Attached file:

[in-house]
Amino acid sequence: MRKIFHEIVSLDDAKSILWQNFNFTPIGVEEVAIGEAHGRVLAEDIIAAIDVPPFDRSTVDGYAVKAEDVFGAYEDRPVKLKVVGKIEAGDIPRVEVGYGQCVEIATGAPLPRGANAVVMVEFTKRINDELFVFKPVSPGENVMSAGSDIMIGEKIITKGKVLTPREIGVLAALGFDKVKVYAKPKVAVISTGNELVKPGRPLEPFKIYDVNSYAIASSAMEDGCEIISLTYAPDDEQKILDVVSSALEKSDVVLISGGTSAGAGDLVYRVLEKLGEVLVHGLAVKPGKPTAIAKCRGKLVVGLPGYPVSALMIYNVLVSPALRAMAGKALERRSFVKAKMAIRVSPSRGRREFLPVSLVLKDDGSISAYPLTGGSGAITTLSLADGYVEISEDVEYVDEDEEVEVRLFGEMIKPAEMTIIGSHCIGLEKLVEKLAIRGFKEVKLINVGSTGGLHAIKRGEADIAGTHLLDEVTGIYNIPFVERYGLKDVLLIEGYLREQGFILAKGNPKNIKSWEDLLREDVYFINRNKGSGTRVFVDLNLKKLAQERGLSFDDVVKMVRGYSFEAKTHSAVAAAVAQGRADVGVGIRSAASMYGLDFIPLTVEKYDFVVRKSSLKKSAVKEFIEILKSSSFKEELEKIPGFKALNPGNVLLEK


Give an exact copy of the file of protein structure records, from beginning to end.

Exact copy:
[in-house]
Amino acid sequence: MRKIFHEIVSLDDAKSILWQNFNFTPIGVEEVAIGEAHGRVLAEDIIAAIDVPPFDRSTVDGYAVKAEDVFGAYEDRPVKLKVVGKIEAGDIPRVEVGYGQCVEIATGAPLPRGANAVVMVEFTKRINDELFVFKPVSPGENVMSAGSDIMIGEKIITKGKVLTPREIGVLAALGFDKVKVYAKPKVAVISTGNELVKPGRPLEPFKIYDVNSYAIASSAMEDGCEIISLTYAPDDEQKILDVVSSALEKSDVVLISGGTSAGAGDLVYRVLEKLGEVLVHGLAVKPGKPTAIAKCRGKLVVGLPGYPVSALMIYNVLVSPALRAMAGKALERRSFVKAKMAIRVSPSRGRREFLPVSLVLKDDGSISAYPLTGGSGAITTLSLADGYVEISEDVEYVDEDEEVEVRLFGEMIKPAEMTIIGSHCIGLEKLVEKLAIRGFKEVKLINVGSTGGLHAIKRGEADIAGTHLLDEVTGIYNIPFVERYGLKDVLLIEGYLREQGFILAKGNPKNIKSWEDLLREDVYFINRNKGSGTRVFVDLNLKKLAQERGLSFDDVVKMVRGYSFEAKTHSAVAAAVAQGRADVGVGIRSAASMYGLDFIPLTVEKYDFVVRKSSLKKSAVKEFIEILKSSSFKEELEKIPGFKALNPGNVLLEK